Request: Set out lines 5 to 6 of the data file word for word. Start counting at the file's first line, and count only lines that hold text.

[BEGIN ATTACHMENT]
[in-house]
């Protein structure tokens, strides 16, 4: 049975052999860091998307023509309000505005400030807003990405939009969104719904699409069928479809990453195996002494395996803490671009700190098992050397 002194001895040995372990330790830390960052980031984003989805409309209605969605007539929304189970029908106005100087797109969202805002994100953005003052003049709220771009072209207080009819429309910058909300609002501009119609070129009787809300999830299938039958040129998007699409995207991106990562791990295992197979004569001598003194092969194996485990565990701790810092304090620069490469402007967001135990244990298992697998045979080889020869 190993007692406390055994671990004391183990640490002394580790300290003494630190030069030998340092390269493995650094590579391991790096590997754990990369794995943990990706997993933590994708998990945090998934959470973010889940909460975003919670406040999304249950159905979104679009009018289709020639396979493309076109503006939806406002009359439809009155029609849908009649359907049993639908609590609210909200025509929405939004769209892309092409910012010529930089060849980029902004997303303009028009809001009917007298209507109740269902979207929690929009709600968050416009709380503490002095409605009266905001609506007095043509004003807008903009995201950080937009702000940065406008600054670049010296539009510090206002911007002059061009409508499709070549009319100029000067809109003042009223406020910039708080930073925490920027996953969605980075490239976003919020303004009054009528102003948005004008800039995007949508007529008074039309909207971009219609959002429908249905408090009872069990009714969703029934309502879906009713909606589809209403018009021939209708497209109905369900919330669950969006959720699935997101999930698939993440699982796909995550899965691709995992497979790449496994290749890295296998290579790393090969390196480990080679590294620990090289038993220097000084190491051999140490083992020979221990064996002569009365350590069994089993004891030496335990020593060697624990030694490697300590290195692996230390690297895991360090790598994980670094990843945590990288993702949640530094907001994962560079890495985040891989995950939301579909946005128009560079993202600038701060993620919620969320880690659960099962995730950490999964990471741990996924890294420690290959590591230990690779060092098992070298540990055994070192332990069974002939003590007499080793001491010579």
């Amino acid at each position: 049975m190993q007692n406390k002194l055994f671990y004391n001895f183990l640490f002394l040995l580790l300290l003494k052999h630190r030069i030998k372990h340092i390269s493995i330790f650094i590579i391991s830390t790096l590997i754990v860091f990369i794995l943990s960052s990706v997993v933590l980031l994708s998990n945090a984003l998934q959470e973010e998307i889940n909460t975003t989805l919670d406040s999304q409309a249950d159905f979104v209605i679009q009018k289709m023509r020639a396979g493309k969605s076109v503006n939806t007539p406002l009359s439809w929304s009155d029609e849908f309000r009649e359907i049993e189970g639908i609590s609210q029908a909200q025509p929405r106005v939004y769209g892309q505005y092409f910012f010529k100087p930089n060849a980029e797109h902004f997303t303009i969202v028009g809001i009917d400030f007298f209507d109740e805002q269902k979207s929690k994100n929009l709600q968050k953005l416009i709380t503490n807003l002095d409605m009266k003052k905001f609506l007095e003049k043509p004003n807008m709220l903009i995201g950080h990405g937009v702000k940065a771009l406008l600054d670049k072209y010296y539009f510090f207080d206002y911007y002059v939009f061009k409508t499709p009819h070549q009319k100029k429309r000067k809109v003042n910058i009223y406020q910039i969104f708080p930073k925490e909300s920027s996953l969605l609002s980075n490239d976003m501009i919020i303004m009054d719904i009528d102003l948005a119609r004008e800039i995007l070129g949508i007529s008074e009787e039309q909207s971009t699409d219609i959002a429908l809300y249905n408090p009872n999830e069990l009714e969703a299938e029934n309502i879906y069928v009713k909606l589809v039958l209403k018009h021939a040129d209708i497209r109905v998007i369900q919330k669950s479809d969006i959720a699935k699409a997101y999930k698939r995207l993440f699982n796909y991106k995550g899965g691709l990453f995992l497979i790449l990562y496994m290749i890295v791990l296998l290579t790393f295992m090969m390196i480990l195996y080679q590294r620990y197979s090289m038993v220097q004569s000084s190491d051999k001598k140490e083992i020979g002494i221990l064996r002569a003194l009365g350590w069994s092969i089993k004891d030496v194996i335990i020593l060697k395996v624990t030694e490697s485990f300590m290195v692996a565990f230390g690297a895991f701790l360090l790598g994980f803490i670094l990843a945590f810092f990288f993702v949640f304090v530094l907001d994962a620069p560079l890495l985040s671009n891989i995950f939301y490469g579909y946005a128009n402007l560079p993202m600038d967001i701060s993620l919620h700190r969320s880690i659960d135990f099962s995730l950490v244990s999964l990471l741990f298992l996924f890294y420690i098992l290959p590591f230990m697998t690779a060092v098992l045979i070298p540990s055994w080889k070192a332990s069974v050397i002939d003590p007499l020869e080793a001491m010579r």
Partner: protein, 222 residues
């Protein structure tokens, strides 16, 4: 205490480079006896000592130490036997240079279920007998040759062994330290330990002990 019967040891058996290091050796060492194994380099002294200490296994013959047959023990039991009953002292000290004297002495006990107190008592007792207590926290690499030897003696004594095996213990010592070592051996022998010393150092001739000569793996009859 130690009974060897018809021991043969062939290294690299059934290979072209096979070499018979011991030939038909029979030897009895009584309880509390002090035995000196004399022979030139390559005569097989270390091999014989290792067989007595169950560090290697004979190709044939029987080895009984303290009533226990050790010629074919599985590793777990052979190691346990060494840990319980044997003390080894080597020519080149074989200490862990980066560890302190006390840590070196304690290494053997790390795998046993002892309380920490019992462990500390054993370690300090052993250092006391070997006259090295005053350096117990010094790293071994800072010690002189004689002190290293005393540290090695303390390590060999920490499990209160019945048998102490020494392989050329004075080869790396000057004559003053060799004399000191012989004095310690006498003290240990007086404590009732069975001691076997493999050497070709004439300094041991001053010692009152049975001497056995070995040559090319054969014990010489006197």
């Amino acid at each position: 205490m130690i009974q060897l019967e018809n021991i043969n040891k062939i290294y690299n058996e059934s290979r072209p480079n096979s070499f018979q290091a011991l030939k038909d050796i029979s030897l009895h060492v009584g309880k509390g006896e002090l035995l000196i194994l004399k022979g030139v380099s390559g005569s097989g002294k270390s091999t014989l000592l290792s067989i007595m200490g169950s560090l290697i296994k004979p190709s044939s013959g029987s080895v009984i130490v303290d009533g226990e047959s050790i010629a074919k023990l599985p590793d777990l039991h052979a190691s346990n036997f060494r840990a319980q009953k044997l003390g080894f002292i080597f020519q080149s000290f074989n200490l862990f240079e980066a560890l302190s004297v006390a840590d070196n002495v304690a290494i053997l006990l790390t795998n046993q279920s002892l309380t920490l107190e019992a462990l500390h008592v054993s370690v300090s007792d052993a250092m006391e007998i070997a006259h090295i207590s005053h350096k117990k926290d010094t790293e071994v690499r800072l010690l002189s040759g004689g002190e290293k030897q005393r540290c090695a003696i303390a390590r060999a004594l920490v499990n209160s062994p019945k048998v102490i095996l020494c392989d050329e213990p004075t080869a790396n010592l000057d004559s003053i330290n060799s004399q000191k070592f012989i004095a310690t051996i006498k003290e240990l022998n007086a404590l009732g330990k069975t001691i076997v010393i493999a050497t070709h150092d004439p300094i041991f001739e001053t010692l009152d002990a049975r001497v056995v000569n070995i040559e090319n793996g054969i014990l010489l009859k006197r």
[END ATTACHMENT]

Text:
């Protein structure tokens, strides 16, 4: 205490480079006896000592130490036997240079279920007998040759062994330290330990002990 019967040891058996290091050796060492194994380099002294200490296994013959047959023990039991009953002292000290004297002495006990107190008592007792207590926290690499030897003696004594095996213990010592070592051996022998010393150092001739000569793996009859 130690009974060897018809021991043969062939290294690299059934290979072209096979070499018979011991030939038909029979030897009895009584309880509390002090035995000196004399022979030139390559005569097989270390091999014989290792067989007595169950560090290697004979190709044939029987080895009984303290009533226990050790010629074919599985590793777990052979190691346990060494840990319980044997003390080894080597020519080149074989200490862990980066560890302190006390840590070196304690290494053997790390795998046993002892309380920490019992462990500390054993370690300090052993250092006391070997006259090295005053350096117990010094790293071994800072010690002189004689002190290293005393540290090695303390390590060999920490499990209160019945048998102490020494392989050329004075080869790396000057004559003053060799004399000191012989004095310690006498003290240990007086404590009732069975001691076997493999050497070709004439300094041991001053010692009152049975001497056995070995040559090319054969014990010489006197």
């Amino acid at each position: 205490m130690i009974q060897l019967e018809n021991i043969n040891k062939i290294y690299n058996e059934s290979r072209p480079n096979s070499f018979q290091a011991l030939k038909d050796i029979s030897l009895h060492v009584g309880k509390g006896e002090l035995l000196i194994l004399k022979g030139v380099s390559g005569s097989g002294k270390s091999t014989l000592l290792s067989i007595m200490g169950s560090l290697i296994k004979p190709s044939s013959g029987s080895v009984i130490v303290d009533g226990e047959s050790i010629a074919k023990l599985p590793d777990l039991h052979a190691s346990n036997f060494r840990a319980q009953k044997l003390g080894f002292i080597f020519q080149s000290f074989n200490l862990f240079e980066a560890l302190s004297v006390a840590d070196n002495v304690a290494i053997l006990l790390t795998n046993q279920s002892l309380t920490l107190e019992a462990l500390h008592v054993s370690v300090s007792d052993a250092m006391e007998i070997a006259h090295i207590s005053h350096k117990k926290d010094t790293e071994v690499r800072l010690l002189s040759g004689g002190e290293k030897q005393r540290c090695a003696i303390a390590r060999a004594l920490v499990n209160s062994p019945k048998v102490i095996l020494c392989d050329e213990p004075t080869a790396n010592l000057d004559s003053i330290n060799s004399q000191k070592f012989i004095a310690t051996i006498k003290e240990l022998n007086a404590l009732g330990k069975t001691i076997v010393i493999a050497t070709h150092d004439p300094i041991f001739e001053t010692l009152d002990a049975r001497v056995v000569n070995i040559e090319n793996g054969i014990l010489l009859k006197r």